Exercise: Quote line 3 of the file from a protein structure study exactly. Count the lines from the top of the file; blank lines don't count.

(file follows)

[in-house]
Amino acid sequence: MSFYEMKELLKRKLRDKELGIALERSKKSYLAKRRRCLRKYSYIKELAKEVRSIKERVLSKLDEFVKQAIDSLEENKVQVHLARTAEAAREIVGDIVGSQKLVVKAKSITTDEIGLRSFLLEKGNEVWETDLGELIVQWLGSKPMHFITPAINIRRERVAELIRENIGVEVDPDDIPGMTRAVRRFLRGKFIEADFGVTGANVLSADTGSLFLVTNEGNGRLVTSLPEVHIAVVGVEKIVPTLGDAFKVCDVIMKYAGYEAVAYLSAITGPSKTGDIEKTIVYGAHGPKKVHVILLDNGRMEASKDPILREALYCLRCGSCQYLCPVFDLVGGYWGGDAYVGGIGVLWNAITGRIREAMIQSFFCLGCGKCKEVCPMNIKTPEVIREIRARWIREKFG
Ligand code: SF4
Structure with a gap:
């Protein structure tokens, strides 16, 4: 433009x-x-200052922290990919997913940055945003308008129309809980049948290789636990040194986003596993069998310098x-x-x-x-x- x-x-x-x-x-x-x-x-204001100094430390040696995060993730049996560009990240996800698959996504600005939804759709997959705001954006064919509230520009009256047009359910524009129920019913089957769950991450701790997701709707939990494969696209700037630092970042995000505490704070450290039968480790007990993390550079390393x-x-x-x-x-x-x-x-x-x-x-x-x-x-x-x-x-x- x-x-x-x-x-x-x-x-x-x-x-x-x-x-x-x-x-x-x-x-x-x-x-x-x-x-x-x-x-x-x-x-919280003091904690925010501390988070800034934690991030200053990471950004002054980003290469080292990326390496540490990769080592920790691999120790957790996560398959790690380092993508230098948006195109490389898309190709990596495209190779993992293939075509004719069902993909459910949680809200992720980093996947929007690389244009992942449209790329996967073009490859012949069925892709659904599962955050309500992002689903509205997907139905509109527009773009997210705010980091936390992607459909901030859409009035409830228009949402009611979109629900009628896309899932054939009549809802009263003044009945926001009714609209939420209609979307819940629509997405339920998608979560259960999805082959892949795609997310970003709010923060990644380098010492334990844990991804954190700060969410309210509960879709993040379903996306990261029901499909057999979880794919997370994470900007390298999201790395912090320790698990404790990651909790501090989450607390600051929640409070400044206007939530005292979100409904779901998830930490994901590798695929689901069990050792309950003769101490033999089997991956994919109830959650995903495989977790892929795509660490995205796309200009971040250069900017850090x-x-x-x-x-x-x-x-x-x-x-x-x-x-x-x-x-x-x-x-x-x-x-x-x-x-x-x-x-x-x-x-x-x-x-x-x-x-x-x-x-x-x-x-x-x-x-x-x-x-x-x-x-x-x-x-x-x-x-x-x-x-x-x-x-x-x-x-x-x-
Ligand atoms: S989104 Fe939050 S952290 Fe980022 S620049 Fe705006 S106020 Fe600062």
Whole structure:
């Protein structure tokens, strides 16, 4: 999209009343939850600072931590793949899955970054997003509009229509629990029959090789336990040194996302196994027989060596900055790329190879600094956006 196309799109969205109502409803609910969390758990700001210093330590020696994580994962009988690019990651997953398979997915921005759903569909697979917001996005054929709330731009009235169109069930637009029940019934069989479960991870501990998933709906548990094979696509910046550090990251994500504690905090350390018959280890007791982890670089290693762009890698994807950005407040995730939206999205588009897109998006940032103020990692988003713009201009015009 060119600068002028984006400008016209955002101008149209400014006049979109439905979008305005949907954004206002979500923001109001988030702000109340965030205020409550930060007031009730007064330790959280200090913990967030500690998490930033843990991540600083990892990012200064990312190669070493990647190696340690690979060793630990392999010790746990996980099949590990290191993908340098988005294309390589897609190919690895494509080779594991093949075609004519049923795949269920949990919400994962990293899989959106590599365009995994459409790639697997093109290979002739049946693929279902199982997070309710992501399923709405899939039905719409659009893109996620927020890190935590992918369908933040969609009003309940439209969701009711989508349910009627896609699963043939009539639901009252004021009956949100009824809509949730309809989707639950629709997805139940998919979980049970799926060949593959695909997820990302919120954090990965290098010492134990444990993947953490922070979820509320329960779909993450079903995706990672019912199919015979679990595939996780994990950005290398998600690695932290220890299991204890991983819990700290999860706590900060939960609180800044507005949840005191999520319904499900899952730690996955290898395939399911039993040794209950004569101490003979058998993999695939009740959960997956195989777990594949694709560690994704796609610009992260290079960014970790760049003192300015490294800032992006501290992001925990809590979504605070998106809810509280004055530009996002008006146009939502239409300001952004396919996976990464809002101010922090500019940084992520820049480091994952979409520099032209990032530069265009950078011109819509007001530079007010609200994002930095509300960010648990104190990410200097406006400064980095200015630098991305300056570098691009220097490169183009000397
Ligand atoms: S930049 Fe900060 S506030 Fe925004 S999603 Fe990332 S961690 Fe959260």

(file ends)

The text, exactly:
Ligand code: SF4